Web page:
One morning a couple of months ago, I woke up to find that someone had broken into Charity. Nothing was broken, but the scent of cigarette smoke and my more-than-normally disheveled glove box clued me into the fact that an unknown person was rifling through my car.
Creepy, right? I was definitely creeped out by this situation. Someone that I didn't know had been in my car! The incident was a complete surprise to me.
But, at the same time, it wasn't unexpected ... after all, I leave my doors unlocked.
For you city-folk that are crying out in protest, I promise that there is a little explanation to my madness. When I lived nestled into the rolling hills of Missouri, my dad attached the keys to the stick ... because I had (ahem ... have) the uncanny ability to lose everything. I trusted my neighbors, I trusted my friends at school, I trusted the random people of Walmart. So I left the keys in the car and I left it unlocked, often with the windows rolled down.
That habit stuck with me when I migrated to Rexburg. I still trusted my neighbors, my friends at school, and the random people of Walmart. I started carrying a purse (so the keys being attached to the stick was no longer necessary), but I left the doors unlocked. I practically invited people to steal my car as a favor to me ... but nothing happened.
I guess that's why the random betrayal of trust in the dead of night was so unexpected. As I installed a new air freshener and wiped down Charity's cracked windshield, I realized that I had a choice to make. I could either be extra vigilant in locking my car every time I left it ... or I could decide to find renewed trust and keep living my life as if nothing had ever happened.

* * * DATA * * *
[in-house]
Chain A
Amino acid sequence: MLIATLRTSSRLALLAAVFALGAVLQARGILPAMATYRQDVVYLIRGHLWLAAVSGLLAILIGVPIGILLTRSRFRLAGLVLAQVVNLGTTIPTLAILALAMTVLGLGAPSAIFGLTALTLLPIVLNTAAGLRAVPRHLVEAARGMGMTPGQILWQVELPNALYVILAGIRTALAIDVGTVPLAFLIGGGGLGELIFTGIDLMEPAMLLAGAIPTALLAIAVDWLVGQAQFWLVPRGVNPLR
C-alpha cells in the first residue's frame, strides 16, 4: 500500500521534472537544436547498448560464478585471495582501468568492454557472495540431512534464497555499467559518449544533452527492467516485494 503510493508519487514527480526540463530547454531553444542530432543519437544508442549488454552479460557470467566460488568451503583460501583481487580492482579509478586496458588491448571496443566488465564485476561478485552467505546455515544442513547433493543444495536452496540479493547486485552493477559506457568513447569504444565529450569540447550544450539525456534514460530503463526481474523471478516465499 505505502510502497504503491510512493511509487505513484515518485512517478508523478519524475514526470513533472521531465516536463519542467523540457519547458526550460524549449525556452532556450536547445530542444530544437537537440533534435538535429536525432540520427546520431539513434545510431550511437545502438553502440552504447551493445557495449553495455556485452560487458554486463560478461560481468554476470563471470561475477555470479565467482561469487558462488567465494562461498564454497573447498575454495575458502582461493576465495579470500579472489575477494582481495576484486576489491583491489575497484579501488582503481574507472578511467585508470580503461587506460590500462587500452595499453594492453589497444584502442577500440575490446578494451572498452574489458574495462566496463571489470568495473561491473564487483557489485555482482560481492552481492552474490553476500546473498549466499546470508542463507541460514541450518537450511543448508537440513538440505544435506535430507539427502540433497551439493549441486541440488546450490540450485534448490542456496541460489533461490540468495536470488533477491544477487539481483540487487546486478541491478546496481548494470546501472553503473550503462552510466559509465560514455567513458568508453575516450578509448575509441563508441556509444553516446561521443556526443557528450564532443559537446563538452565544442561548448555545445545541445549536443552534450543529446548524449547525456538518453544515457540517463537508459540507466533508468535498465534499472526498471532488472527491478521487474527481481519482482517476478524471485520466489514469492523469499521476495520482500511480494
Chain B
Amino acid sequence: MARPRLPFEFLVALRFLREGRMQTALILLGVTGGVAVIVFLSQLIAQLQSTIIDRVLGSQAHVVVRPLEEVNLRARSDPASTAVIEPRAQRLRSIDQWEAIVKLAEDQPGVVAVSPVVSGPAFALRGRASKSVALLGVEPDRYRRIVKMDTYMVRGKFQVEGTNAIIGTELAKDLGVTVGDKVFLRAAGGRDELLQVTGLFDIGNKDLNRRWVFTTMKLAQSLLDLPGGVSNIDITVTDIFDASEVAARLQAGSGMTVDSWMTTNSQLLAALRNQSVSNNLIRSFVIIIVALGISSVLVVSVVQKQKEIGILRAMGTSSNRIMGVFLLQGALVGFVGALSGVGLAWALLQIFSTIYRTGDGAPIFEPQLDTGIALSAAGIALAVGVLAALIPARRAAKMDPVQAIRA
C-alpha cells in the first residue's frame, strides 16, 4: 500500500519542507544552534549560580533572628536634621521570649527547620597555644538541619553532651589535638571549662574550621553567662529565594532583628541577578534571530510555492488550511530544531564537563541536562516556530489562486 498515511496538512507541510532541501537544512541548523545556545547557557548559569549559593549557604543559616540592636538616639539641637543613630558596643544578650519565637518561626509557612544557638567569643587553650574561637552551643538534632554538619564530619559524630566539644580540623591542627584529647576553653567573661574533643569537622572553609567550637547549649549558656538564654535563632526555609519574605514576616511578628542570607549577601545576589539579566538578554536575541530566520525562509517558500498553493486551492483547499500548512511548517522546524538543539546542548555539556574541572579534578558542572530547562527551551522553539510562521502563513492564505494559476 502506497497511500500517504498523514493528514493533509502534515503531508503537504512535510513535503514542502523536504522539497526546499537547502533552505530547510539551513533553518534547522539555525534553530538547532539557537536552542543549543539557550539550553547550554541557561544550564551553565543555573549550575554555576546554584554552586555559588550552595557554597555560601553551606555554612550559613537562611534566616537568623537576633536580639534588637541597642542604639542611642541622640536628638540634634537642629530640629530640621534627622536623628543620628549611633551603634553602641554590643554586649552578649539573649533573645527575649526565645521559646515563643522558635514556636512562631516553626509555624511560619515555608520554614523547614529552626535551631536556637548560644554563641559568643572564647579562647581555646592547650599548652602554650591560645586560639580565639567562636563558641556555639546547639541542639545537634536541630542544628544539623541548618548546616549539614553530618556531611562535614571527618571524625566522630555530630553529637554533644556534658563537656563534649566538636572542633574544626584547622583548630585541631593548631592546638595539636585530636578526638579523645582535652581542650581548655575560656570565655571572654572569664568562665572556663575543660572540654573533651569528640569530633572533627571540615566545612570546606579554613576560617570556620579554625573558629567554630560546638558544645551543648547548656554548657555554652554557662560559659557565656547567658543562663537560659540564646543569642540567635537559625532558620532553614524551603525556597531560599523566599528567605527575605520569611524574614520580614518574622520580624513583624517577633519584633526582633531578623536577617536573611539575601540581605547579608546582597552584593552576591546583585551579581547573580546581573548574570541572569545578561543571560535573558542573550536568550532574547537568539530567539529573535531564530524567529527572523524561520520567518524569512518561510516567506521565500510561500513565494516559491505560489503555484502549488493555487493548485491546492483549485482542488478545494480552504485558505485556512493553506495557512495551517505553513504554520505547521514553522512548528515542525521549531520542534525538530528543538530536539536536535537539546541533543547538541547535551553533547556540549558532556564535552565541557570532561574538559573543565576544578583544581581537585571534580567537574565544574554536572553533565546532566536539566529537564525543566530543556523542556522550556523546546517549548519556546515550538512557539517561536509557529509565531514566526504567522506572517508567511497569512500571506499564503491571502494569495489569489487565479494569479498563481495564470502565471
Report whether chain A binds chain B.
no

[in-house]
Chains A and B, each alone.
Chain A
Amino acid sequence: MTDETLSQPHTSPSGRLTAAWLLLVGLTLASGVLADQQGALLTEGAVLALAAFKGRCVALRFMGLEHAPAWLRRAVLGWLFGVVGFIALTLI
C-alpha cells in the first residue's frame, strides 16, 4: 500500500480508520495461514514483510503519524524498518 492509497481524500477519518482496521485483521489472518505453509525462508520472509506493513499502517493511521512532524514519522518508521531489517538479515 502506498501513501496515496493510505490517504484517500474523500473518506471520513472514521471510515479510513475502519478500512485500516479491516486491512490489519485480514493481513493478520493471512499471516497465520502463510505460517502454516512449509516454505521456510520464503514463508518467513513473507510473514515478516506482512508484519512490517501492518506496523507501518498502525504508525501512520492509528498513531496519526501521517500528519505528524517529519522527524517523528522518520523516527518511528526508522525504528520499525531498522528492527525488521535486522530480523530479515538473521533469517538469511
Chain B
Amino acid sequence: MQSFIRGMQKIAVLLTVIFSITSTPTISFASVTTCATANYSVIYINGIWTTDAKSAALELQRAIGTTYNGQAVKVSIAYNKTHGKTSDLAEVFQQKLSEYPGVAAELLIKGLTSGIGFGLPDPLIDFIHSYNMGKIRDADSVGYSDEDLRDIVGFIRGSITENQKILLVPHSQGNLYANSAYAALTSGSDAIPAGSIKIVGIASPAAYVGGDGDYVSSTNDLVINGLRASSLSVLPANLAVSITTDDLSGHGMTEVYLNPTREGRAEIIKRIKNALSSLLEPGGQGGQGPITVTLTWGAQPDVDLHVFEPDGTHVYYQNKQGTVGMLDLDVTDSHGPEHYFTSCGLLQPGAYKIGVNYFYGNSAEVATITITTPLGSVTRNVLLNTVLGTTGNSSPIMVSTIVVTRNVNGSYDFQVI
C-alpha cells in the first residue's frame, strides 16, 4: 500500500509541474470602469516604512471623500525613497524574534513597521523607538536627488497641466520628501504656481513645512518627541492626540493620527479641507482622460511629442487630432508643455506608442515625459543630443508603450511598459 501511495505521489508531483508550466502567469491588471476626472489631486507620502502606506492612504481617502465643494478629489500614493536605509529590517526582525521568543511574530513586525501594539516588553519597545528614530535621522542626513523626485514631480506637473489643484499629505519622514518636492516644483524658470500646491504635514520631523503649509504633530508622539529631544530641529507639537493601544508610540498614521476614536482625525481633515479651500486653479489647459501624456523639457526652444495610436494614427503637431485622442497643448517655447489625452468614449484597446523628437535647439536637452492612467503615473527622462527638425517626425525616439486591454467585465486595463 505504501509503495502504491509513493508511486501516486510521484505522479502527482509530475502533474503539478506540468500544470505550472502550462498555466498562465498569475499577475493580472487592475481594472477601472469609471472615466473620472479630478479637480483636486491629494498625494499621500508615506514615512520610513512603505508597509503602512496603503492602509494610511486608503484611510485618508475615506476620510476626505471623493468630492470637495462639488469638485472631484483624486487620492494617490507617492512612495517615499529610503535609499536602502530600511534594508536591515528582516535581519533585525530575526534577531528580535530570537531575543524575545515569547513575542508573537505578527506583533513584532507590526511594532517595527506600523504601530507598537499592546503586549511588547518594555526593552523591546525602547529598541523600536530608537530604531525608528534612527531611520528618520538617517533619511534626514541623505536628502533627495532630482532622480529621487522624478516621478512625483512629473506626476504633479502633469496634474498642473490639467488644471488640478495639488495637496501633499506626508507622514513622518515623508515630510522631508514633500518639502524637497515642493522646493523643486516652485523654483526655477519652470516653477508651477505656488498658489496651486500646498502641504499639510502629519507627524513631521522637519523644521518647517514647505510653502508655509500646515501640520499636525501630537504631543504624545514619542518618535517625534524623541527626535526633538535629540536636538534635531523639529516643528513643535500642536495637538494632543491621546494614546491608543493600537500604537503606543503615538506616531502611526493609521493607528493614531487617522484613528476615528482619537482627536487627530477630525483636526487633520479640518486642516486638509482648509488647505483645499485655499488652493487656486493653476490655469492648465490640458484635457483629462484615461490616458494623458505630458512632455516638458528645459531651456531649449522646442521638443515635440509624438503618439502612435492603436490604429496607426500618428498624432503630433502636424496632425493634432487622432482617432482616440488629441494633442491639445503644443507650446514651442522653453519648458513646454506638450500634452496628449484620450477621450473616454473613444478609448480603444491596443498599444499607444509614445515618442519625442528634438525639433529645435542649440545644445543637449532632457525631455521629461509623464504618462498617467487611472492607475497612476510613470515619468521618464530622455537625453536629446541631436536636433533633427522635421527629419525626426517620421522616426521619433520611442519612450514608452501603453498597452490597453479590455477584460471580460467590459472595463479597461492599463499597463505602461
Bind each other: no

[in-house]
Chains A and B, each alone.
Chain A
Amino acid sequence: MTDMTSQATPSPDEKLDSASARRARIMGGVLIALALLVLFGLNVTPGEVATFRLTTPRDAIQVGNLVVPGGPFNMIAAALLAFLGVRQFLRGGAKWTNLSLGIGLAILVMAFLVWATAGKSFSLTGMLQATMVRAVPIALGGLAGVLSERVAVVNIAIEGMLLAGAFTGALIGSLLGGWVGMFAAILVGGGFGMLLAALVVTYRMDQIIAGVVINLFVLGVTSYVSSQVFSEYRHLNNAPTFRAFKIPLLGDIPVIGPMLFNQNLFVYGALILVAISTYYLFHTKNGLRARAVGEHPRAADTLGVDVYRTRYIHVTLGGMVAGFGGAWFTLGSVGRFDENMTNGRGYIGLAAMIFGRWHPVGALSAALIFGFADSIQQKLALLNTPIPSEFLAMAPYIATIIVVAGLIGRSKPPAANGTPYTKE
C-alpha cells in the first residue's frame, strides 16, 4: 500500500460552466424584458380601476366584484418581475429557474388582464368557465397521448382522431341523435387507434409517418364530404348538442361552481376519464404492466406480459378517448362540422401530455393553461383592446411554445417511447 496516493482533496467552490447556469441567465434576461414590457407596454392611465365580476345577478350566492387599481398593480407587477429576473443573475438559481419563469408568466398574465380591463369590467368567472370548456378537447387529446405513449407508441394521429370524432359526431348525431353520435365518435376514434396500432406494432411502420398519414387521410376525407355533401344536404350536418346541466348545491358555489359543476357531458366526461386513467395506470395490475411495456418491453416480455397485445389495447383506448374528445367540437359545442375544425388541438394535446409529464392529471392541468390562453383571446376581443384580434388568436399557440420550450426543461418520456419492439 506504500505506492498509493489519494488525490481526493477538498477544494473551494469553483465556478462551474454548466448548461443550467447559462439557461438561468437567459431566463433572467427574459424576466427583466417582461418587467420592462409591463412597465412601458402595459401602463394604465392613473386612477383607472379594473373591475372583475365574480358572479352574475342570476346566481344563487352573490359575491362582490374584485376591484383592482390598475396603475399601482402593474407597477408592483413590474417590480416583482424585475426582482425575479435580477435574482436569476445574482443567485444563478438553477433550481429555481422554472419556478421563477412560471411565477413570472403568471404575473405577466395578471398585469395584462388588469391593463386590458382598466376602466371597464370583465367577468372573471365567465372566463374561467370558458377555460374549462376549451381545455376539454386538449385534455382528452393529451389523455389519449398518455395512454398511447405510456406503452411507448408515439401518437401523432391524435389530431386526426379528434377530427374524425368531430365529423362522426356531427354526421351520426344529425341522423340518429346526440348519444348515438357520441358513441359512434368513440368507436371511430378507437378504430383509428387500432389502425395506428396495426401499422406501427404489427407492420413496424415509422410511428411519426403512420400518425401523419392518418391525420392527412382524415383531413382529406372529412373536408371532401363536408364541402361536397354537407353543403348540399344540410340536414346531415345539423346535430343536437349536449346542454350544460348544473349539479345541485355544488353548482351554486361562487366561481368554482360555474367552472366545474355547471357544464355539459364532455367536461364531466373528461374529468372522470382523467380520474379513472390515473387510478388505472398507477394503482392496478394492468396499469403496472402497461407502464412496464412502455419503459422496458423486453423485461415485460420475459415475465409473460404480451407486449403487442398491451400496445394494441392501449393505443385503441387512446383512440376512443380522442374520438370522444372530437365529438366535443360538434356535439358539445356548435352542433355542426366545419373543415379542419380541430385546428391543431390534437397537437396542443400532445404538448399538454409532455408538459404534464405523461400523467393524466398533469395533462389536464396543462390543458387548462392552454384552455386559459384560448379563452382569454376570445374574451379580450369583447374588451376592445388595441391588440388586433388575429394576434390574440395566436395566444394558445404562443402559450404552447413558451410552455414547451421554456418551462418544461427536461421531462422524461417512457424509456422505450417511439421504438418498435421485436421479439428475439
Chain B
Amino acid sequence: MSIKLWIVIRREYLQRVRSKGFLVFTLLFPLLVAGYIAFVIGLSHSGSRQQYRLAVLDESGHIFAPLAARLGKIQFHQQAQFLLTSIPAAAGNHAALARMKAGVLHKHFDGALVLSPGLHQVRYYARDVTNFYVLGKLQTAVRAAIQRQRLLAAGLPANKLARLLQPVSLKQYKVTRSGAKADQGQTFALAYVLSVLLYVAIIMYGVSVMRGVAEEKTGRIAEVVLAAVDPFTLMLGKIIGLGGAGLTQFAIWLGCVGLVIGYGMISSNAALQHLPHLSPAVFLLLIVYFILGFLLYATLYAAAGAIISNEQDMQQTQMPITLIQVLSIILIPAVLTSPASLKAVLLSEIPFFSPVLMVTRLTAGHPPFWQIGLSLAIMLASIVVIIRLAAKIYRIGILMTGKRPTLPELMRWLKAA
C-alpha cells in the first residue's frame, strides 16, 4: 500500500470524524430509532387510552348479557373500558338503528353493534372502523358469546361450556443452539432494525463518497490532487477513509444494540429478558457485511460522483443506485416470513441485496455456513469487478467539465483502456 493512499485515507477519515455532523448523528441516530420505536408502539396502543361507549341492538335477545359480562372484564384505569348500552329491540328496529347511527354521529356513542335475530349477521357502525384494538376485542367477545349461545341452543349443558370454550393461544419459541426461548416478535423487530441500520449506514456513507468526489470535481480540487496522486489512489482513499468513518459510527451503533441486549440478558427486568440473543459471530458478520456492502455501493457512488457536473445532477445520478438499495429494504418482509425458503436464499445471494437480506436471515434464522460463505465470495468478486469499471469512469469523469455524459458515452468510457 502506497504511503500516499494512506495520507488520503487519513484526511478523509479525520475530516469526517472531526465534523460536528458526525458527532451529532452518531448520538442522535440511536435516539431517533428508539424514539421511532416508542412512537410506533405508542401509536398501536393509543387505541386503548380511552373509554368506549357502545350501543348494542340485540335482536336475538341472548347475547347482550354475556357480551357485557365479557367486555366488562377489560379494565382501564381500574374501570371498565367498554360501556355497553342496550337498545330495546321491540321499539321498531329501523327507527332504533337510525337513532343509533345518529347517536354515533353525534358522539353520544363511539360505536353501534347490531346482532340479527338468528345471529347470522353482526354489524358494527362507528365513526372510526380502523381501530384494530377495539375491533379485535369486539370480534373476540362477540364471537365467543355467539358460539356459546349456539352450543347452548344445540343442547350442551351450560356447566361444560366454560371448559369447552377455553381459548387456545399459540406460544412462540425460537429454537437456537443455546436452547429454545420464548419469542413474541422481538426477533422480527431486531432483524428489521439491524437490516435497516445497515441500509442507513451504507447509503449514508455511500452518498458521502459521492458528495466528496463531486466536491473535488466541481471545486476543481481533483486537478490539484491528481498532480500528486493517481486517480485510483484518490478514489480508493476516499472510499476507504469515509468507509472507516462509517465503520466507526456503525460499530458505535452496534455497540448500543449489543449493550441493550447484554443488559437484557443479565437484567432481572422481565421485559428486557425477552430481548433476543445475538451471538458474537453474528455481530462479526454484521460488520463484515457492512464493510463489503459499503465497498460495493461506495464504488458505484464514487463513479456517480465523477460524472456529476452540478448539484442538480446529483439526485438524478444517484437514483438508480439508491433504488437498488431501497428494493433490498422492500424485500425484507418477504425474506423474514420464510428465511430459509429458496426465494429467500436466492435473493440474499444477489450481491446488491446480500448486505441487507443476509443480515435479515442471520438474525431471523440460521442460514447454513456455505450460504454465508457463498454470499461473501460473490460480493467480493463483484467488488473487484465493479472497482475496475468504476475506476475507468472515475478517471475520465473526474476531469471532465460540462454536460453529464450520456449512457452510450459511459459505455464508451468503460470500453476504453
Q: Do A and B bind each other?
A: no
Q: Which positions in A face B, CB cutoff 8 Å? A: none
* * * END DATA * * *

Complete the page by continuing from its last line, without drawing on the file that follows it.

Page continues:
I'm learning that my heart is a little bit like my truck. It's a little bit battered. It's a little bit weird. But I love it. It's been good to me and has kept me moving for the past 22 years. I engage my heart in everything that I do, a quality that has brought me a lot of satisfaction. I try to keep my heart unlocked and to love the people that I come into contact with as much as possible.
Most of the time, leaving my heart open has brought me more happiness than I could have ever imagined. Loving people has become my hobby. There are times, however, that I wake up to find my heart in a similar condition to my disheveled glove box. The experience stinks worse than the smell of cigarette smoke. The choice that I face after those moments is similar to the choice I faced after the break-in ... I can choose to lock my heart and withhold love ... or to find renewed trust and keep living life unlocked.
You can guess which option I chose in both scenarios.
My truck (and my heart) is still unlocked.